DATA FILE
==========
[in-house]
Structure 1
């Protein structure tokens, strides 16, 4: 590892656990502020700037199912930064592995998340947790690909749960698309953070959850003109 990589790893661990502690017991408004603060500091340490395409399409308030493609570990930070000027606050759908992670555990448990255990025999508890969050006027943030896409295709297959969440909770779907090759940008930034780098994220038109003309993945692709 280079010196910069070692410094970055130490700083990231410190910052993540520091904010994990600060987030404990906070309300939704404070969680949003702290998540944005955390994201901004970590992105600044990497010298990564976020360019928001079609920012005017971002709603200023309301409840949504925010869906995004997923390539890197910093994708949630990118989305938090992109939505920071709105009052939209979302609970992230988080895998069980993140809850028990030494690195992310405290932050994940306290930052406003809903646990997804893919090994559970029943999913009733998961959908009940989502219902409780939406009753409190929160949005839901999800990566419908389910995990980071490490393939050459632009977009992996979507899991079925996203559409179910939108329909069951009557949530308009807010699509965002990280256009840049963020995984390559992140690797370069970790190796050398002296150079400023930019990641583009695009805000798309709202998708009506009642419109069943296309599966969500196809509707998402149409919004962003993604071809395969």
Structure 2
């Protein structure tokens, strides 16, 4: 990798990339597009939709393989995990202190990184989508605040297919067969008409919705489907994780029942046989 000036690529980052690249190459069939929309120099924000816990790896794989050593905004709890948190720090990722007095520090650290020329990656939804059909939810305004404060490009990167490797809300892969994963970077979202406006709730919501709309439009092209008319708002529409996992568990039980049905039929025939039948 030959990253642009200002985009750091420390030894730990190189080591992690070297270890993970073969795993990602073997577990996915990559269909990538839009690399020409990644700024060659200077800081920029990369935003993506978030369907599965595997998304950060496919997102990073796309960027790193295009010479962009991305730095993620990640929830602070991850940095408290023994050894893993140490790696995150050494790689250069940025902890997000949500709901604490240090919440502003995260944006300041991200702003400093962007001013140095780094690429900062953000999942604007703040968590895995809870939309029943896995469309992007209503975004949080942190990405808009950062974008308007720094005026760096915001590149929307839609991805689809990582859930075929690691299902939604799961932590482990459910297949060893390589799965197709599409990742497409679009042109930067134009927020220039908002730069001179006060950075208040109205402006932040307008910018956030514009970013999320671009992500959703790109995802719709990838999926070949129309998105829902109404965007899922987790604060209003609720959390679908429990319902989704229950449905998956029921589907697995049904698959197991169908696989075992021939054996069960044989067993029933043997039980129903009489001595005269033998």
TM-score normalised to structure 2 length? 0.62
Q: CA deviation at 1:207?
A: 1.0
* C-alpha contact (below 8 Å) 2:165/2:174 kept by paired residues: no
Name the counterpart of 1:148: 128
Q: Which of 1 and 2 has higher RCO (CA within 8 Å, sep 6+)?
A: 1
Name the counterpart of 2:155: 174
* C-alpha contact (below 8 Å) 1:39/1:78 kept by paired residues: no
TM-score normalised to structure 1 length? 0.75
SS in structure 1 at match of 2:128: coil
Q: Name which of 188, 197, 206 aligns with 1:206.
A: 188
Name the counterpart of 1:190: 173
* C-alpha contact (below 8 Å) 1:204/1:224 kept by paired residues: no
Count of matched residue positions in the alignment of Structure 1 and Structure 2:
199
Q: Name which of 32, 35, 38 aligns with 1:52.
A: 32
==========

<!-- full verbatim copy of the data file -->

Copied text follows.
[in-house]
Structure 1
């Protein structure tokens, strides 16, 4: 590892656990502020700037199912930064592995998340947790690909749960698309953070959850003109 990589790893661990502690017991408004603060500091340490395409399409308030493609570990930070000027606050759908992670555990448990255990025999508890969050006027943030896409295709297959969440909770779907090759940008930034780098994220038109003309993945692709 280079010196910069070692410094970055130490700083990231410190910052993540520091904010994990600060987030404990906070309300939704404070969680949003702290998540944005955390994201901004970590992105600044990497010298990564976020360019928001079609920012005017971002709603200023309301409840949504925010869906995004997923390539890197910093994708949630990118989305938090992109939505920071709105009052939209979302609970992230988080895998069980993140809850028990030494690195992310405290932050994940306290930052406003809903646990997804893919090994559970029943999913009733998961959908009940989502219902409780939406009753409190929160949005839901999800990566419908389910995990980071490490393939050459632009977009992996979507899991079925996203559409179910939108329909069951009557949530308009807010699509965002990280256009840049963020995984390559992140690797370069970790190796050398002296150079400023930019990641583009695009805000798309709202998708009506009642419109069943296309599966969500196809509707998402149409919004962003993604071809395969």
Structure 2
């Protein structure tokens, strides 16, 4: 990798990339597009939709393989995990202190990184989508605040297919067969008409919705489907994780029942046989 000036690529980052690249190459069939929309120099924000816990790896794989050593905004709890948190720090990722007095520090650290020329990656939804059909939810305004404060490009990167490797809300892969994963970077979202406006709730919501709309439009092209008319708002529409996992568990039980049905039929025939039948 030959990253642009200002985009750091420390030894730990190189080591992690070297270890993970073969795993990602073997577990996915990559269909990538839009690399020409990644700024060659200077800081920029990369935003993506978030369907599965595997998304950060496919997102990073796309960027790193295009010479962009991305730095993620990640929830602070991850940095408290023994050894893993140490790696995150050494790689250069940025902890997000949500709901604490240090919440502003995260944006300041991200702003400093962007001013140095780094690429900062953000999942604007703040968590895995809870939309029943896995469309992007209503975004949080942190990405808009950062974008308007720094005026760096915001590149929307839609991805689809990582859930075929690691299902939604799961932590482990459910297949060893390589799965197709599409990742497409679009042109930067134009927020220039908002730069001179006060950075208040109205402006932040307008910018956030514009970013999320671009992500959703790109995802719709990838999926070949129309998105829902109404965007899922987790604060209003609720959390679908429990319902989704229950449905998956029921589907697995049904698959197991169908696989075992021939054996069960044989067993029933043997039980129903009489001595005269033998």
TM-score normalised to structure 2 length? 0.62
Q: CA deviation at 1:207?
A: 1.0
* C-alpha contact (below 8 Å) 2:165/2:174 kept by paired residues: no
Name the counterpart of 1:148: 128
Q: Which of 1 and 2 has higher RCO (CA within 8 Å, sep 6+)?
A: 1
Name the counterpart of 2:155: 174
* C-alpha contact (below 8 Å) 1:39/1:78 kept by paired residues: no
TM-score normalised to structure 1 length? 0.75
SS in structure 1 at match of 2:128: coil
Q: Name which of 188, 197, 206 aligns with 1:206.
A: 188
Name the counterpart of 1:190: 173
* C-alpha contact (below 8 Å) 1:204/1:224 kept by paired residues: no
Count of matched residue positions in the alignment of Structure 1 and Structure 2:
199
Q: Name which of 32, 35, 38 aligns with 1:52.
A: 32